Veterinary dentistry & oral surgery.
Periodontal disease is the most common issue affecting our pet cats and dogs. We know that severe dental disease issues result in chronic inflammation and infections that can result in discomfort for our patients and can decrease their quality of life.
Our dentistry team is skilled in aspects of oral surgery and dentistry including periodontal therapies, tooth extractions, root canal and vital pulp therapies, jaw fracture repair and oral mass removal.
By working with other departments at our hospital and your primary care veterinarian, our dentistry service ensures a comprehensive approach to the care of your pet. Our goal is to address your pet’s dentistry and oral surgical needs to make give them a comfortable and functional mouth.
All of the dentistry and oral surgical procedures we perform to address your pet’s oral issues are performed under general anesthesia. Our oral surgery and dentistry team works together with the anesthesia service to develop a plan to manage your pet’s risk factors and minimize their risks while under general anesthesia.
What is a board-certified veterinary dentist?
A veterinary dentist has undergone additional training after veterinary school in order to become a specialist. Additional training consists of a residency program following the guidelines established by the American Veterinary Dental College.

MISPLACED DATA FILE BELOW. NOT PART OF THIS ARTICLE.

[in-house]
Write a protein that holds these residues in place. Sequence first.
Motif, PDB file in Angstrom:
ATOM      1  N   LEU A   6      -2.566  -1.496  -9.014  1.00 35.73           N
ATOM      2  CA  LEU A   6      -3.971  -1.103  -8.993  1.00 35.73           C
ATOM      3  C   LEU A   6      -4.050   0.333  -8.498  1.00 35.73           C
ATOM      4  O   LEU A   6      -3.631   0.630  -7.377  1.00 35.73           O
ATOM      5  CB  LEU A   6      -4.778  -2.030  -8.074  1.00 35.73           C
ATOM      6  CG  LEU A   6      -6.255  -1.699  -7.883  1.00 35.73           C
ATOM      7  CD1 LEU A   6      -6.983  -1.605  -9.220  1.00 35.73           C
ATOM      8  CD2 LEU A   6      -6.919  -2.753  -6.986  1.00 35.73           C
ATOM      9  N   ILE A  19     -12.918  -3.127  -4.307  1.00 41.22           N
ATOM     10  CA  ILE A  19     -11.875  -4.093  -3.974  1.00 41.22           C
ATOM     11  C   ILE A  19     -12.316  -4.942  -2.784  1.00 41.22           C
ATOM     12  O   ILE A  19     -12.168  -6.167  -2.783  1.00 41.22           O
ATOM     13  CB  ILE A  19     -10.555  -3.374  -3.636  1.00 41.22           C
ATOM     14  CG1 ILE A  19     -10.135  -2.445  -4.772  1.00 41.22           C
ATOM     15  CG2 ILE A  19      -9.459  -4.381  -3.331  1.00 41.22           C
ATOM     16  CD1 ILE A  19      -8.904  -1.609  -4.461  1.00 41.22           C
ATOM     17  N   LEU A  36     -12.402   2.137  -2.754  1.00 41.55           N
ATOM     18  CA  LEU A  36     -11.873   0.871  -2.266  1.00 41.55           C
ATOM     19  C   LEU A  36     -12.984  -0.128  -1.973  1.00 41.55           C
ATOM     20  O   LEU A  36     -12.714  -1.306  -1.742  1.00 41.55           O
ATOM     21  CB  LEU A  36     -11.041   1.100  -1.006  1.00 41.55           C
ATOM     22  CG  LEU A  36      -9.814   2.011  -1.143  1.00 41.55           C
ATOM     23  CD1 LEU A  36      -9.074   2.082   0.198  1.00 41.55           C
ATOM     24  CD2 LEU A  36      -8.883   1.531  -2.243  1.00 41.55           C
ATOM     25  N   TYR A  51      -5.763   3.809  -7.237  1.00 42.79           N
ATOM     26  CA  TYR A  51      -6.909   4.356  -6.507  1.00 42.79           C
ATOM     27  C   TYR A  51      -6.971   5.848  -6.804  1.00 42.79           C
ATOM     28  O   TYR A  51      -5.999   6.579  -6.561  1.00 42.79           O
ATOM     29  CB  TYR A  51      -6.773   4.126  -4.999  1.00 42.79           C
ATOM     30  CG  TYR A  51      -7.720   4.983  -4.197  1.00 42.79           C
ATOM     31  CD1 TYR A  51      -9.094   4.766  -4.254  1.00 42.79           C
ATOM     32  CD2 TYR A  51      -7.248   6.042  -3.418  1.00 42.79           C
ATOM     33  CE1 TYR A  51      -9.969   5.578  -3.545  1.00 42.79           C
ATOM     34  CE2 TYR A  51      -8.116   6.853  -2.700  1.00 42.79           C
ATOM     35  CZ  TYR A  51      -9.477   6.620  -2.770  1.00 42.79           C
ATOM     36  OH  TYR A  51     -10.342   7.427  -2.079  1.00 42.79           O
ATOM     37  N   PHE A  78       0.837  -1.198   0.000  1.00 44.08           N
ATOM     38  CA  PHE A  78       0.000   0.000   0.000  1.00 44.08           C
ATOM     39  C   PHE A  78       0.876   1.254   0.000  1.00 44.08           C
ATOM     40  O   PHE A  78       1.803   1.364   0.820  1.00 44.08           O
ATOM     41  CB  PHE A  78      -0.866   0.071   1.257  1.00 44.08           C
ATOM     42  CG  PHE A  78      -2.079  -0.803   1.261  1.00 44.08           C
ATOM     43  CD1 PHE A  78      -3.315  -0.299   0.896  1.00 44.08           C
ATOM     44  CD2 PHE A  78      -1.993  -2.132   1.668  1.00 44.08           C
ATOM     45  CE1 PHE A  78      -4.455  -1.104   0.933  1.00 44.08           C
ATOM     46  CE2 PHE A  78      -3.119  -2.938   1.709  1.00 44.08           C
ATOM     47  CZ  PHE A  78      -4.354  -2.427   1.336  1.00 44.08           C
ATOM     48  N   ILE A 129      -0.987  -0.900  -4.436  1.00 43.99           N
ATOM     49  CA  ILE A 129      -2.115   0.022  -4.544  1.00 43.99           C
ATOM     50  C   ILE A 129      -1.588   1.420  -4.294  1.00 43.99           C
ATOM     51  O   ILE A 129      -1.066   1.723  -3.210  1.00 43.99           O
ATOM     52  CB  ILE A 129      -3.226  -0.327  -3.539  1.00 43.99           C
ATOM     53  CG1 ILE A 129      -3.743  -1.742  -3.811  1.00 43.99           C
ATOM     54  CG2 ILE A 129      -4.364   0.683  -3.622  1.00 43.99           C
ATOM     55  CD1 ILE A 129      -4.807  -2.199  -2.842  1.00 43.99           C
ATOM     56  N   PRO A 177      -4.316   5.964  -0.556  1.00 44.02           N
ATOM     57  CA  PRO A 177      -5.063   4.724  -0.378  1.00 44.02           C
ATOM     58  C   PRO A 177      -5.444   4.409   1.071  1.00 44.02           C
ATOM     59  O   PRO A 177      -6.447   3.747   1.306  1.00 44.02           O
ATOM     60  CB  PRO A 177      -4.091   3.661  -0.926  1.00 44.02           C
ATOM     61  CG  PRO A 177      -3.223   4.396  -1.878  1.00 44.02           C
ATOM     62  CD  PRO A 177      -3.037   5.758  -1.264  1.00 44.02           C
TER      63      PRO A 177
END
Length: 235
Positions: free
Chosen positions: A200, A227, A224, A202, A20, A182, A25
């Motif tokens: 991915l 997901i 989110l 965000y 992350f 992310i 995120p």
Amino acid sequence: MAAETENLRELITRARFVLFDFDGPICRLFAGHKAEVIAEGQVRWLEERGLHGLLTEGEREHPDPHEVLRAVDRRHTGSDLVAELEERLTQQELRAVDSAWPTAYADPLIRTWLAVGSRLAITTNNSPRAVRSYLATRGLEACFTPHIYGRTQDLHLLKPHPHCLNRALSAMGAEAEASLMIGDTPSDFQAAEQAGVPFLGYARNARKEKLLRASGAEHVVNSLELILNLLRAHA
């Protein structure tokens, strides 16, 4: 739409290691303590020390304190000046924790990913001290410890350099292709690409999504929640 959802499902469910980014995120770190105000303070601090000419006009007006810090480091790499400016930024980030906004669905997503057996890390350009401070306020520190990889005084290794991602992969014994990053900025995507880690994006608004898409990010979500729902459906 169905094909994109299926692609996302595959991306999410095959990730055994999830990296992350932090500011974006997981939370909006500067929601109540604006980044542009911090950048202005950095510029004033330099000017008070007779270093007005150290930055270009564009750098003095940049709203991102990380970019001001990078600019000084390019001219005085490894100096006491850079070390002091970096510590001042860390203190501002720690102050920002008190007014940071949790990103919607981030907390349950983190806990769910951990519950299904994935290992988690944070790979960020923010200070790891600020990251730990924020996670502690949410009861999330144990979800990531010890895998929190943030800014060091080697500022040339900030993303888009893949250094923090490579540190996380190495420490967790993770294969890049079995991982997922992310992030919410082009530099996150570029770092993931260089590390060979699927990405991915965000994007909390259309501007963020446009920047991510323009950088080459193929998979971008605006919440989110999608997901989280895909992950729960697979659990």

During a residency, there are specific training and caseload requirements that must be met. In addition to these requirements, applicants must submit for evaluation case logs, several case reports and then pass a hands-on practical examination.
What to expect at your first visit.
When you arrive, you will be asked to fill out a new patient form if you have not already submitted one through our website. A veterinary technician will then escort you and your pet to an examination room.
We’ll review your pet’s history with you, look over any prior medical records including laboratory work and radiographs (if applicable) and perform a complete physical examination and then focus on the oral and facial structures.
During the consultation, we will discuss all aspects of your pet’s medical condition, address your concerns and work with you to determine the right course of treatment based on our initial assessment and conversations with your primary care veterinarian. We want to provide the best treatment possible for your pet and respect your wishes and goals.
Expect this initial consultation to take at least an hour. Depending on your pet’s special needs you may be asked to leave your pet for the rest of the day. This depends on the tests your pet requires prior to general anesthesia and potential evaluation by another specialty service before we feel it is safe to schedule a procedure to be completed under general anesthesia. We feel this process is the best way to give you the most accurate information about your pet’s medical condition, the prognosis, options for care and the potential costs associated with treatment.